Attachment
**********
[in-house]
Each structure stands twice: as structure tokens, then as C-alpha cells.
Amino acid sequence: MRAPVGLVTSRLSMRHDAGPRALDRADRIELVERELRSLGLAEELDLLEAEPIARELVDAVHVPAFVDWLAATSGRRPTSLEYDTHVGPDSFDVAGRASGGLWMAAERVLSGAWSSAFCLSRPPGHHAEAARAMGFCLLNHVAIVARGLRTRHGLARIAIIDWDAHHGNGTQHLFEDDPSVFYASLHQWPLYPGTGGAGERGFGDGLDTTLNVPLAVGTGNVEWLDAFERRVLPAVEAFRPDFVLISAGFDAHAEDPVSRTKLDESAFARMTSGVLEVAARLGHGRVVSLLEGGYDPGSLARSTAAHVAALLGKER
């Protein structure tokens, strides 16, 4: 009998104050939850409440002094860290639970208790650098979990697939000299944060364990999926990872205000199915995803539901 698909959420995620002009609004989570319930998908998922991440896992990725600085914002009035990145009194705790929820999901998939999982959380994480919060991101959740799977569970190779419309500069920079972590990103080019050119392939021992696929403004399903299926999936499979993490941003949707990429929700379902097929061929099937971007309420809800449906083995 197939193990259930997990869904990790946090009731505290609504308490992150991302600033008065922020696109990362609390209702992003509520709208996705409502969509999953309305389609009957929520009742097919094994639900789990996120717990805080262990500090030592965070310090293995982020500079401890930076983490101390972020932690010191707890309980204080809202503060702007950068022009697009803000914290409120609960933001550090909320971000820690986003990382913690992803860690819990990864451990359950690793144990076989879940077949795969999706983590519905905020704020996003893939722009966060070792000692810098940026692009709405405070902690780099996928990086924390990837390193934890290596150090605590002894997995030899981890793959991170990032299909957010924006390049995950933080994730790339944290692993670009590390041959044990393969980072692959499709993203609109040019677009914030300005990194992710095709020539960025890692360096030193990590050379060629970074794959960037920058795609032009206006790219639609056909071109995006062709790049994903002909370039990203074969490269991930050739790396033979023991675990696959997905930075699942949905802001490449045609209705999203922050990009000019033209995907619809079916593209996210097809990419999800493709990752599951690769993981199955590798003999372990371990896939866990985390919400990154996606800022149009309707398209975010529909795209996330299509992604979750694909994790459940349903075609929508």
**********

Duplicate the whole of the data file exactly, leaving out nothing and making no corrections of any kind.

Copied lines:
[in-house]
Each structure stands twice: as structure tokens, then as C-alpha cells.
Amino acid sequence: MRAPVGLVTSRLSMRHDAGPRALDRADRIELVERELRSLGLAEELDLLEAEPIARELVDAVHVPAFVDWLAATSGRRPTSLEYDTHVGPDSFDVAGRASGGLWMAAERVLSGAWSSAFCLSRPPGHHAEAARAMGFCLLNHVAIVARGLRTRHGLARIAIIDWDAHHGNGTQHLFEDDPSVFYASLHQWPLYPGTGGAGERGFGDGLDTTLNVPLAVGTGNVEWLDAFERRVLPAVEAFRPDFVLISAGFDAHAEDPVSRTKLDESAFARMTSGVLEVAARLGHGRVVSLLEGGYDPGSLARSTAAHVAALLGKER
């Protein structure tokens, strides 16, 4: 009998104050939850409440002094860290639970208790650098979990697939000299944060364990999926990872205000199915995803539901 698909959420995620002009609004989570319930998908998922991440896992990725600085914002009035990145009194705790929820999901998939999982959380994480919060991101959740799977569970190779419309500069920079972590990103080019050119392939021992696929403004399903299926999936499979993490941003949707990429929700379902097929061929099937971007309420809800449906083995 197939193990259930997990869904990790946090009731505290609504308490992150991302600033008065922020696109990362609390209702992003509520709208996705409502969509999953309305389609009957929520009742097919094994639900789990996120717990805080262990500090030592965070310090293995982020500079401890930076983490101390972020932690010191707890309980204080809202503060702007950068022009697009803000914290409120609960933001550090909320971000820690986003990382913690992803860690819990990864451990359950690793144990076989879940077949795969999706983590519905905020704020996003893939722009966060070792000692810098940026692009709405405070902690780099996928990086924390990837390193934890290596150090605590002894997995030899981890793959991170990032299909957010924006390049995950933080994730790339944290692993670009590390041959044990393969980072692959499709993203609109040019677009914030300005990194992710095709020539960025890692360096030193990590050379060629970074794959960037920058795609032009206006790219639609056909071109995006062709790049994903002909370039990203074969490269991930050739790396033979023991675990696959997905930075699942949905802001490449045609209705999203922050990009000019033209995907619809079916593209996210097809990419999800493709990752599951690769993981199955590798003999372990371990896939866990985390919400990154996606800022149009309707398209975010529909795209996330299509992604979750694909994790459940349903075609929508």